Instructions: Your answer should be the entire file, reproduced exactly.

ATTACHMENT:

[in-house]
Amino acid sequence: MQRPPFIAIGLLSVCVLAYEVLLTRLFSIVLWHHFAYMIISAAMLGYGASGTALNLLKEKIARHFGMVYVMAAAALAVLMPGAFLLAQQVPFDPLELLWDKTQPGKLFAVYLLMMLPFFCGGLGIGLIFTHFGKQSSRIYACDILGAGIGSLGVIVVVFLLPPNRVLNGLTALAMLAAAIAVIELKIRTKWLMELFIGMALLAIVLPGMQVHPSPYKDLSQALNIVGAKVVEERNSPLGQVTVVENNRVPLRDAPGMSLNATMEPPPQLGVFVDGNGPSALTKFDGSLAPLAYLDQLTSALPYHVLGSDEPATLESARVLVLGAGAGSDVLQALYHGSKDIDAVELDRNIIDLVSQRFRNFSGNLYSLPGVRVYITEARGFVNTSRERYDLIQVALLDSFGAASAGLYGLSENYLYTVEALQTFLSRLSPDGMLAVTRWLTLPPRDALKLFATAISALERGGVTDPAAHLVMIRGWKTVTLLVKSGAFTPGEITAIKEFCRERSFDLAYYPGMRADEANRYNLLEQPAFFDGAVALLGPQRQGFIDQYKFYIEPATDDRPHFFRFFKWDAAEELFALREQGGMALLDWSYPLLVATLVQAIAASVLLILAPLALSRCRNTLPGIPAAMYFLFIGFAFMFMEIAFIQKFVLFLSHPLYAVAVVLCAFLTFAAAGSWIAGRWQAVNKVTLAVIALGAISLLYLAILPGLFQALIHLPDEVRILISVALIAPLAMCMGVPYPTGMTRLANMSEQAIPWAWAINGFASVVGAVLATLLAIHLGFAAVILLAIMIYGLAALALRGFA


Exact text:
[in-house]
Amino acid sequence: MQRPPFIAIGLLSVCVLAYEVLLTRLFSIVLWHHFAYMIISAAMLGYGASGTALNLLKEKIARHFGMVYVMAAAALAVLMPGAFLLAQQVPFDPLELLWDKTQPGKLFAVYLLMMLPFFCGGLGIGLIFTHFGKQSSRIYACDILGAGIGSLGVIVVVFLLPPNRVLNGLTALAMLAAAIAVIELKIRTKWLMELFIGMALLAIVLPGMQVHPSPYKDLSQALNIVGAKVVEERNSPLGQVTVVENNRVPLRDAPGMSLNATMEPPPQLGVFVDGNGPSALTKFDGSLAPLAYLDQLTSALPYHVLGSDEPATLESARVLVLGAGAGSDVLQALYHGSKDIDAVELDRNIIDLVSQRFRNFSGNLYSLPGVRVYITEARGFVNTSRERYDLIQVALLDSFGAASAGLYGLSENYLYTVEALQTFLSRLSPDGMLAVTRWLTLPPRDALKLFATAISALERGGVTDPAAHLVMIRGWKTVTLLVKSGAFTPGEITAIKEFCRERSFDLAYYPGMRADEANRYNLLEQPAFFDGAVALLGPQRQGFIDQYKFYIEPATDDRPHFFRFFKWDAAEELFALREQGGMALLDWSYPLLVATLVQAIAASVLLILAPLALSRCRNTLPGIPAAMYFLFIGFAFMFMEIAFIQKFVLFLSHPLYAVAVVLCAFLTFAAAGSWIAGRWQAVNKVTLAVIALGAISLLYLAILPGLFQALIHLPDEVRILISVALIAPLAMCMGVPYPTGMTRLANMSEQAIPWAWAINGFASVVGAVLATLLAIHLGFAAVILLAIMIYGLAALALRGFA